For my dad, it was war stuff. For the Jawa, it's Japanese stuff, battle stuff, Pokemon, Yu-Gi-Oh, Bionicle. He hasn't narrowed it down, and thank God yesterday at Metreon he didn't beg me to go into the uber-geek gaming store next to the arcade. "I'm not old enough for that stuff," he said, casually, as we passed.
I can't wait.
But for me, father and son of tinkerers, nothing. The best I can manage is books, and while the library is singularly boring to most, you can't really tinker with a book. I am outcast from the world of men.
I try to make up for it in other ways. My latest old-guy quirk is putting my glasses, when I'm wearing them, on my forehead when I'm reading something. This is an old guy thing, because it is only recently that I discovered I can actually see close-up things better without them. So I figure, if I'm going to have an old guy condition, why not exacerbate it with a time-honored old guy habit. On the forehead go the glasses.
If I smoked cigarettes, I could focus on something, squinting through a haze of smoke, with my glasses on my forehead. Alas, it's not my vice. Which is fine, because the situation I just described goes hand-in hand with tinkering.
I tried model cars. No patience, and I'm sloppy. My cars came out with big blobs of glue all over them, unlike my father's pristine, historically accurate airplanes.
He'd had a special table built when we added a family room to our house. The table came out of the wall, resting on this tiki thing we had. He'd set up all his stuff and build airplanes while we watched TV, read, played games, whatever. That way we could all be in the same room, even though it sometimes backfired, especially on the nights set aside for painting the airplanes, when the paint fumes and rattle of his air compresser usually chased us from the room.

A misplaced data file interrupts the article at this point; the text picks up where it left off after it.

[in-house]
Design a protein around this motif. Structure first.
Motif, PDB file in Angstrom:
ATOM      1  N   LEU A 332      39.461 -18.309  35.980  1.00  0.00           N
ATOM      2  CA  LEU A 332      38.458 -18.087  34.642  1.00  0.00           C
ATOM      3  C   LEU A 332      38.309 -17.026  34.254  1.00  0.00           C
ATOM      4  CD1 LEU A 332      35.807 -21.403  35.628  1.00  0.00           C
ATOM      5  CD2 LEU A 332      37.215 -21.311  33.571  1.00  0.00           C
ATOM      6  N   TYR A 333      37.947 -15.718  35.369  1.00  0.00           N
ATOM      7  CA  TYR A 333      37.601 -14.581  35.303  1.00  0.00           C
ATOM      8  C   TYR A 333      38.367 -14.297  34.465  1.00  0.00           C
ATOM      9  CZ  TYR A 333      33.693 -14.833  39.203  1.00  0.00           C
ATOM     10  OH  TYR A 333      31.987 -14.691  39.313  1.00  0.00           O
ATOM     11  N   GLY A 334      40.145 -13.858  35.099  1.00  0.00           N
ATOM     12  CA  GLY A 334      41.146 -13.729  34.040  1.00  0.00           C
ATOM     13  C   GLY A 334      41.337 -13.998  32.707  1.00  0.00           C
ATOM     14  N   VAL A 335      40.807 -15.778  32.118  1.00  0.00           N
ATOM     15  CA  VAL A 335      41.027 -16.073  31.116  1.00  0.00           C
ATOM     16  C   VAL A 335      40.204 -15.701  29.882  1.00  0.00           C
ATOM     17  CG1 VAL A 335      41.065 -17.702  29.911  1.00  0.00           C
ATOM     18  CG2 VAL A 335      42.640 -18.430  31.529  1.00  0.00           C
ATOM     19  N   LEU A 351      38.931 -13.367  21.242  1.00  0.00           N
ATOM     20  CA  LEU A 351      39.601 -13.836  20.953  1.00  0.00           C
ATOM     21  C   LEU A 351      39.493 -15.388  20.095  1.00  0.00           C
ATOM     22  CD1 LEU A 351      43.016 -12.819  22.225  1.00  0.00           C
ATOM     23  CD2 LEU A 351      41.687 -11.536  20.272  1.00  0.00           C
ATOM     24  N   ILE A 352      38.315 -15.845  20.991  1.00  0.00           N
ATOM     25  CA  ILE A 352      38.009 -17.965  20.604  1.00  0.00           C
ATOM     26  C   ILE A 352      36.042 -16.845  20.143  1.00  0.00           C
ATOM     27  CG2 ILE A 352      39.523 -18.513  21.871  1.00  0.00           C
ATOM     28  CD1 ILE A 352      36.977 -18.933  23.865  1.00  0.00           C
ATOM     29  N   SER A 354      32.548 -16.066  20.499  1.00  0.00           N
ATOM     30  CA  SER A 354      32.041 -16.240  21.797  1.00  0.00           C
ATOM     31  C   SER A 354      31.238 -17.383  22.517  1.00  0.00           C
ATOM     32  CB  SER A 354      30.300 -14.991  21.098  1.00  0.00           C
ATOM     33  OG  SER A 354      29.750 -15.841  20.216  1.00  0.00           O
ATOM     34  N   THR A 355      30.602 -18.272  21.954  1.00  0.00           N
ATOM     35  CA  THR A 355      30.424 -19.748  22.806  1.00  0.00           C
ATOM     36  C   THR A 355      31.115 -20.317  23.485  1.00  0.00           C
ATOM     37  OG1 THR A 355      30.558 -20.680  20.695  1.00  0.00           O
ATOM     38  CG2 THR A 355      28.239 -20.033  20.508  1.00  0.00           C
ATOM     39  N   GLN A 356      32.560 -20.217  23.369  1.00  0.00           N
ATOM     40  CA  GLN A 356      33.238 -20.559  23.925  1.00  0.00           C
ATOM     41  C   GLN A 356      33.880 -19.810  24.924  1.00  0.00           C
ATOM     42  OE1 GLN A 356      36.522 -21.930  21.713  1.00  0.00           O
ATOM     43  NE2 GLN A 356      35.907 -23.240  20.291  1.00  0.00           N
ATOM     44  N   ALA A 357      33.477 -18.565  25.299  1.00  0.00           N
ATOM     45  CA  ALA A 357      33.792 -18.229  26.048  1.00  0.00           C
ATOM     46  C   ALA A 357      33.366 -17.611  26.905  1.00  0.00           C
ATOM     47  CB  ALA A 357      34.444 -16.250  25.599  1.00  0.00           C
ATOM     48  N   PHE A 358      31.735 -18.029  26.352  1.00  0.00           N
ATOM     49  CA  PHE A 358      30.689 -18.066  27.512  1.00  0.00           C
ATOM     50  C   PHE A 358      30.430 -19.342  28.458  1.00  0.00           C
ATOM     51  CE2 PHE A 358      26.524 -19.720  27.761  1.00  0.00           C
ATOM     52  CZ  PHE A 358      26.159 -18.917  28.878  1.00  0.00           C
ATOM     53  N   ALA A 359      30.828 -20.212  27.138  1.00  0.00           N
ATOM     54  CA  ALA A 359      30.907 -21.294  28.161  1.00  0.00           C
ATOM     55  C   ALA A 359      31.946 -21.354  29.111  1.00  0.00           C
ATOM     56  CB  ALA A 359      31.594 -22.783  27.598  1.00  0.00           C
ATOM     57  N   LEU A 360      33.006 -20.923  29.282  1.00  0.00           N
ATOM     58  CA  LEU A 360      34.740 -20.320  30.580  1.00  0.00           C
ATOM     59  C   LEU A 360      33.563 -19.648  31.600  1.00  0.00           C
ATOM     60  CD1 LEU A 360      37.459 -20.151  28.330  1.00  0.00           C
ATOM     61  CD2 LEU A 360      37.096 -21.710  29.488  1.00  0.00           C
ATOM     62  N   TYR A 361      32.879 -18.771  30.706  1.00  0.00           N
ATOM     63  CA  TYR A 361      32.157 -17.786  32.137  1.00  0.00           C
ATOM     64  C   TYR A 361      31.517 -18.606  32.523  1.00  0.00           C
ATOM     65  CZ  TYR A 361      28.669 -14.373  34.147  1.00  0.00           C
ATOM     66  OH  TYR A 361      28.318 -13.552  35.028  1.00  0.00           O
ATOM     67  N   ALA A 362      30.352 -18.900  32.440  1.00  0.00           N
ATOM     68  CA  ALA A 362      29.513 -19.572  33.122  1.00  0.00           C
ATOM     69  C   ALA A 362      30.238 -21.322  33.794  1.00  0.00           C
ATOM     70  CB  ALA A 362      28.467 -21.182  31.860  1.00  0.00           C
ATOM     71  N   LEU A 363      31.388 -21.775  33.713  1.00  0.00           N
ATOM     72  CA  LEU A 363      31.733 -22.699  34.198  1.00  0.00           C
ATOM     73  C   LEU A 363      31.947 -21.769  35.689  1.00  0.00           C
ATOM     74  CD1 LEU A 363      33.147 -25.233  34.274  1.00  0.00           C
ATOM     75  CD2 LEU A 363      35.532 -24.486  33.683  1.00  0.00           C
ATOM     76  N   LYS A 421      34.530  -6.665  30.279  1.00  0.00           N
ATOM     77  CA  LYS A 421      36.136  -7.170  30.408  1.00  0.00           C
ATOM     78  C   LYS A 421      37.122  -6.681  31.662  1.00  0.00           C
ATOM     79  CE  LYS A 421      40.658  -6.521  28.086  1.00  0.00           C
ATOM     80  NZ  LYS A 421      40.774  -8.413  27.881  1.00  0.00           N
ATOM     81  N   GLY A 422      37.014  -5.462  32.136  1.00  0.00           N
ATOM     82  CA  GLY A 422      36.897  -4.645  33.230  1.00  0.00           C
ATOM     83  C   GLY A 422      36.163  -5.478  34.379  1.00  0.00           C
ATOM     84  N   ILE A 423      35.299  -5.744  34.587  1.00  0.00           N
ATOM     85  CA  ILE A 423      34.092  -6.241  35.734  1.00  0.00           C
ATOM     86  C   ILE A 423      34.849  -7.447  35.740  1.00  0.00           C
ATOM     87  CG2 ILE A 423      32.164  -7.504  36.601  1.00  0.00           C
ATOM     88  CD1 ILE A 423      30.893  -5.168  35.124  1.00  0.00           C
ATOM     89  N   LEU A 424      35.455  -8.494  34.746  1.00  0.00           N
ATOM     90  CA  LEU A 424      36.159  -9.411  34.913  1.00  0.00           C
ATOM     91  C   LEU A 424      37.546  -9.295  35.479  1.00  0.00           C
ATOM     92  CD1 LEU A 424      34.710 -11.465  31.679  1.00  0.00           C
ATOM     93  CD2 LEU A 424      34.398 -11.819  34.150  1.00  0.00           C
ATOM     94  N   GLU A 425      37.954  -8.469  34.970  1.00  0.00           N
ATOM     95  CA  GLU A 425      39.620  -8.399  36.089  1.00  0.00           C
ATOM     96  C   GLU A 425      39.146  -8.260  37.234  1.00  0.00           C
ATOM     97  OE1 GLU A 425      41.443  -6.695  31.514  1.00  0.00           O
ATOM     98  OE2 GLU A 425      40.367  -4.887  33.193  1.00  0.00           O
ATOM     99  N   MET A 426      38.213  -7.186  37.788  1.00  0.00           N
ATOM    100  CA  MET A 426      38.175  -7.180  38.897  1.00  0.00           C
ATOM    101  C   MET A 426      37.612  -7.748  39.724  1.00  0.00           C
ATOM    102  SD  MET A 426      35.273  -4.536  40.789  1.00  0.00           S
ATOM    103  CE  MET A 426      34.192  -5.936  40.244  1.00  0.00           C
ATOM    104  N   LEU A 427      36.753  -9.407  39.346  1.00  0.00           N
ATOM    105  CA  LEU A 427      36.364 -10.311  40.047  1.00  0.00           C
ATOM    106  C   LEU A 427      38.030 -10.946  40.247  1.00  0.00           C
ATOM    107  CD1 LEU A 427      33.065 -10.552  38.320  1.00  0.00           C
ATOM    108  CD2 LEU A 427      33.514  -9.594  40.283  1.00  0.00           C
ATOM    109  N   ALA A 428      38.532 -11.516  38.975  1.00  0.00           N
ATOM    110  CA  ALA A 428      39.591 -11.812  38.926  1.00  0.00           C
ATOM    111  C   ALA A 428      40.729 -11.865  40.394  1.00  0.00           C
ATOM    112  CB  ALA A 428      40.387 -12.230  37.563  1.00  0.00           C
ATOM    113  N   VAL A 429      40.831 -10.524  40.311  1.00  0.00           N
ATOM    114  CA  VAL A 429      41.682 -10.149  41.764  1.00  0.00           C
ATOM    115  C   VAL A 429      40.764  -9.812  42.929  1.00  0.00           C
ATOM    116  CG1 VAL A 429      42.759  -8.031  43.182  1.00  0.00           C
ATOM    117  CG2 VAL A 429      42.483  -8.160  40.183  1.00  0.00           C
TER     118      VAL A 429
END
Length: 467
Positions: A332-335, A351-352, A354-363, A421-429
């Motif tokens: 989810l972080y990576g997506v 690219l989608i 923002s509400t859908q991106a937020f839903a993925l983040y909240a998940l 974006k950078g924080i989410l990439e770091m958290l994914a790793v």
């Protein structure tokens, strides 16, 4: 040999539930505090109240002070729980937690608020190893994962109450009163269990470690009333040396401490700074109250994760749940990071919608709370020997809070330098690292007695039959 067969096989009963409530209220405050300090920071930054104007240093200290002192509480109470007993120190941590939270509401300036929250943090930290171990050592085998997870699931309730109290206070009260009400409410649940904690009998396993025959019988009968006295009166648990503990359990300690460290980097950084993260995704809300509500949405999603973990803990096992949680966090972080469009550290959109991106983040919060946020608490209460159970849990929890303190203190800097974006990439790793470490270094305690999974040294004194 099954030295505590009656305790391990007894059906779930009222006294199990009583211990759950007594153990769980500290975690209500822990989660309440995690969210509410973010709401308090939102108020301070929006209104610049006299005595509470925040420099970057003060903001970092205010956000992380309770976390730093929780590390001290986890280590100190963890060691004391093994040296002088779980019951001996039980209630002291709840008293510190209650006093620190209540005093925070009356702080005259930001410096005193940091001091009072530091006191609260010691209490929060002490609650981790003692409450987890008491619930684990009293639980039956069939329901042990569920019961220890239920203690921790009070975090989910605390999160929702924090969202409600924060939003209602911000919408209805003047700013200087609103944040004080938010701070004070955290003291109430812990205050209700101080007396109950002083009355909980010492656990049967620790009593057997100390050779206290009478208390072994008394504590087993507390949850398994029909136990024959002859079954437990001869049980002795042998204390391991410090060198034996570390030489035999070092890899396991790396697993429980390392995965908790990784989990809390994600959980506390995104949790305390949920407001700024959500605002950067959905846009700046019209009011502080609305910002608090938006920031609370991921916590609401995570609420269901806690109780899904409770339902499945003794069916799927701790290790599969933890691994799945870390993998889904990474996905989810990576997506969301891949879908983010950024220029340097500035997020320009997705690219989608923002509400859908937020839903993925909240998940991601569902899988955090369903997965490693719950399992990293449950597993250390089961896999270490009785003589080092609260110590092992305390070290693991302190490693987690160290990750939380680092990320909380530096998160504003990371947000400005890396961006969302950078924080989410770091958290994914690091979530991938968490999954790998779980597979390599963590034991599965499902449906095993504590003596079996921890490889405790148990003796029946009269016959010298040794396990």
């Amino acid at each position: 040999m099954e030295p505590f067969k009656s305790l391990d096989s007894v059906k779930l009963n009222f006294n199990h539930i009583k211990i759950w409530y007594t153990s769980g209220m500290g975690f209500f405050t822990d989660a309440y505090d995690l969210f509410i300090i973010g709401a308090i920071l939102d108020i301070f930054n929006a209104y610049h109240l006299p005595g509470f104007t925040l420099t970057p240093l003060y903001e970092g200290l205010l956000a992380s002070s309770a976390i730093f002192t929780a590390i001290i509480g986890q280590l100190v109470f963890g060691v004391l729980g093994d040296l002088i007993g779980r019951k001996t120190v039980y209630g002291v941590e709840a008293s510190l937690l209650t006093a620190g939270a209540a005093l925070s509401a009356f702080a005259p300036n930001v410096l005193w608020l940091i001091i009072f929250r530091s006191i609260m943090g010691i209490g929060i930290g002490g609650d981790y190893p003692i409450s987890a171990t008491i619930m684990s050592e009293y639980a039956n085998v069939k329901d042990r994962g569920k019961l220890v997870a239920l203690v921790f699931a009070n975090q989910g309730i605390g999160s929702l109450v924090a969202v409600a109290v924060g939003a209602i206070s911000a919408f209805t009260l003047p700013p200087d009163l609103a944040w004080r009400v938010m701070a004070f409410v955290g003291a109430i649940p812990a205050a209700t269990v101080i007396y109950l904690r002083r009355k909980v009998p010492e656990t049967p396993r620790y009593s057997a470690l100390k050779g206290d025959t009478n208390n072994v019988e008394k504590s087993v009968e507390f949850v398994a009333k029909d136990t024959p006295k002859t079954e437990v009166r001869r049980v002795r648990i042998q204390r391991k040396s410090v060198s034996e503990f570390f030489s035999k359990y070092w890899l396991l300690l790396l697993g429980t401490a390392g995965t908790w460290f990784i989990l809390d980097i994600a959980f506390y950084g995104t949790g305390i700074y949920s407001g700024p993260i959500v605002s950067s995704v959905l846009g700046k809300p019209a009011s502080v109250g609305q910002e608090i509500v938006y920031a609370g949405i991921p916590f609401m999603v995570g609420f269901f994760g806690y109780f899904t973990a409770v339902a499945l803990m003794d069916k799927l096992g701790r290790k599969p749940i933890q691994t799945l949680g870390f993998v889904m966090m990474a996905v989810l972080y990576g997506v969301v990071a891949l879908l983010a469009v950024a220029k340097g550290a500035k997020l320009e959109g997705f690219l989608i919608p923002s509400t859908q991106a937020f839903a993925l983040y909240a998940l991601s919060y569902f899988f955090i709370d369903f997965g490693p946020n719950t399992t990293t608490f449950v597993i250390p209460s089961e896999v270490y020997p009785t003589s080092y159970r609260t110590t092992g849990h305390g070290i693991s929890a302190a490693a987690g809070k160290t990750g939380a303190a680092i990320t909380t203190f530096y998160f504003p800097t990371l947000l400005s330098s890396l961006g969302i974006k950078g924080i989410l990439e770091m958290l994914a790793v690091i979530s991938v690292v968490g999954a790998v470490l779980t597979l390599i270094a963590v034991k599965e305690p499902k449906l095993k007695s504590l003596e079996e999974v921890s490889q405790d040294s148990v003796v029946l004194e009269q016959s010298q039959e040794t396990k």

He kept the completed planes in the basement on plexiglas shelves. There was a little tiny, stubby one with a single jet engine in its tail. That was my favorite. Once a month, he took them all down and dusted them, one by one.
He'd had this room made special when we did the basement. How happy he must have been, with a room in which he could display all of his airplanes, but also with enough room to put up a 4 x 8 table in the middle, onto which he dumped a bunch of kitty litter. He'd then use the kitty litter to make hills and trenches, and would stage (again, historically accurate) World War II battles, using little tiny army men and tanks. Not like my bigger, seldom used army men, but tiny, detailed, spray painted with his own tank and paints. He explained to me once that he likes to set up actual battles, ones that happened, and see what would have happened had this or that general chosen a different strategy.
A real hobbyist, my dad. Most of it went away when we moved to California, which is sad, though familiar to me, a non-hobbyist.
I tried cars, when I got old enough to drive. But like many Jewish men, the stuff under the hood may as well have been a Rubik's Cube to me. Same with motorcycles, though the risk of masculinity is much greater for a guy who shows up and doesn't know how to fix his own bike than it is for a guy in a car. With a car, you might be a collector, and everyone can drive a car. To be a motorcycle guy is to be part of a rough-and-tumble fraternity of men. Men who tinker. Men who don't panic if their motorcycle leaves them stranded somewhere in the middle of nowhere. Men who are not me.
The rest of the hobby totems -- guitars, skateboards among them -- poses, all of them. No real interest on my end. No tinkering.
So I am left, hobbyless and tinker-free in middle age, with my glasses on my forehead, tagging along with my child as he patiently navigates the mean shelves of a Japantown hobby store.
Does laundry count as a hobby?